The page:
This episode also surfaces some risks that apply to DAOs more generally. The public nature of current blockchain voting mechanisms makes them vulnerable to bribery attacks - similar historical events are the primary driver behind the use of secret ballots in many existing voting systems. But private voting is difficult to reconcile with the use of delegation to help scale governance participation, as delegators need to ensure their chosen representative is aligned with their preferences.
We’ve also seen that bribery attacks can have extremely low capital requirements. Here, the attackers didn’t provide any outside capital to finance their vote buying activities, instead drawing from the target protocol itself. Even proposal thresholds could be subverted by using an autonomous proposal contract, which would pool votes from many users until there was sufficient support to meet the vote requirement and start a proposal.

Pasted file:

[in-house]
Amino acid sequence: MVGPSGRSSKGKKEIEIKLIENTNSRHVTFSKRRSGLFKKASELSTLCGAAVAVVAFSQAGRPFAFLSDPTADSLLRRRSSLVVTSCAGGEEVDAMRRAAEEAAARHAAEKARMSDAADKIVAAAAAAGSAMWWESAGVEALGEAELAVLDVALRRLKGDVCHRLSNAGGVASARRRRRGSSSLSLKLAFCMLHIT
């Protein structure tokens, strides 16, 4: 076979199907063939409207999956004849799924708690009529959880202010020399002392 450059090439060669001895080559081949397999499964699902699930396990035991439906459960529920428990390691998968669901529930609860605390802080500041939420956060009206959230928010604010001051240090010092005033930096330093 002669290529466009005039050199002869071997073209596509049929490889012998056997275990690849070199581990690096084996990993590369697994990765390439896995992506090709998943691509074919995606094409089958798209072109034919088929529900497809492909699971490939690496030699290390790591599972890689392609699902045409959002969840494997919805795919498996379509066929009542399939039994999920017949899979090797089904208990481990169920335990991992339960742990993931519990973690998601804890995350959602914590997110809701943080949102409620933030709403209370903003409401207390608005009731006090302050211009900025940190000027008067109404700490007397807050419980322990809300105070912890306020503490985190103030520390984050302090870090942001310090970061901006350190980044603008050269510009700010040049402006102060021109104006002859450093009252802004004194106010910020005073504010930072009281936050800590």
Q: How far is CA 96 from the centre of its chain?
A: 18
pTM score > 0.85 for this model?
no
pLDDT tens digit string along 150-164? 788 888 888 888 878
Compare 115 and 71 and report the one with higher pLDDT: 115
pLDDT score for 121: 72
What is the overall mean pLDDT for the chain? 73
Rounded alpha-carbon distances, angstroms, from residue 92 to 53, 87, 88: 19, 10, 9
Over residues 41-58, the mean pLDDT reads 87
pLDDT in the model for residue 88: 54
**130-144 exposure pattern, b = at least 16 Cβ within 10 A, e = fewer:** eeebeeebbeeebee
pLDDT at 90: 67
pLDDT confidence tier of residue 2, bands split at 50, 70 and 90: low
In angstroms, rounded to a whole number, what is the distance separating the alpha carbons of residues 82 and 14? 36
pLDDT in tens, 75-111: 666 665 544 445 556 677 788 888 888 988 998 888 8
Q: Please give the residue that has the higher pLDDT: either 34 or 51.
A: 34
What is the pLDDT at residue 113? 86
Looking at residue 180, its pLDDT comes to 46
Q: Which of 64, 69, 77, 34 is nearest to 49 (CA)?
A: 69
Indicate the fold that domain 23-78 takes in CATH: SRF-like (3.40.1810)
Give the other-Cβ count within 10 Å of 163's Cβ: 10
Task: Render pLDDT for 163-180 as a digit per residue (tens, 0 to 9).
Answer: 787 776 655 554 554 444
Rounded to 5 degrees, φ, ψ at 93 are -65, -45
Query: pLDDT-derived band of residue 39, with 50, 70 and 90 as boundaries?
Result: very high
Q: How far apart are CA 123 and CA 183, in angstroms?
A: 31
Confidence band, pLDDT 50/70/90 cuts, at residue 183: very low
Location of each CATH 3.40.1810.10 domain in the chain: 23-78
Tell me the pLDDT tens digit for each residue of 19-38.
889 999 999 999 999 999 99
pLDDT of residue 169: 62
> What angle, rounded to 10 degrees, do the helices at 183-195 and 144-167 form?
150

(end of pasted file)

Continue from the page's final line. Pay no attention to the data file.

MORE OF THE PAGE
For most protocols, the risk of a hostile takeover attack remains low due to concentration of voting power with a few key investors. But DAO’s will need to address gaps in governance security as their ownership grows more decentralized over time.
DAO service provider Llama Community publishes first Aave financial statements:
Gnosis Safe releases Zodiak suite of DAO tools:
3 Arrows Capital makes initial DAO participation with DYDX protocol proposal:
Curve Finance deploys to Arbitrum amid continuing rise in L2 TVL:
DAO for research on crypto’s cultural impact launches crowdfunding campaign:
Anything we missed? New developments or protocols you’d like to see covered? Drop us a line at firstname.lastname@example.org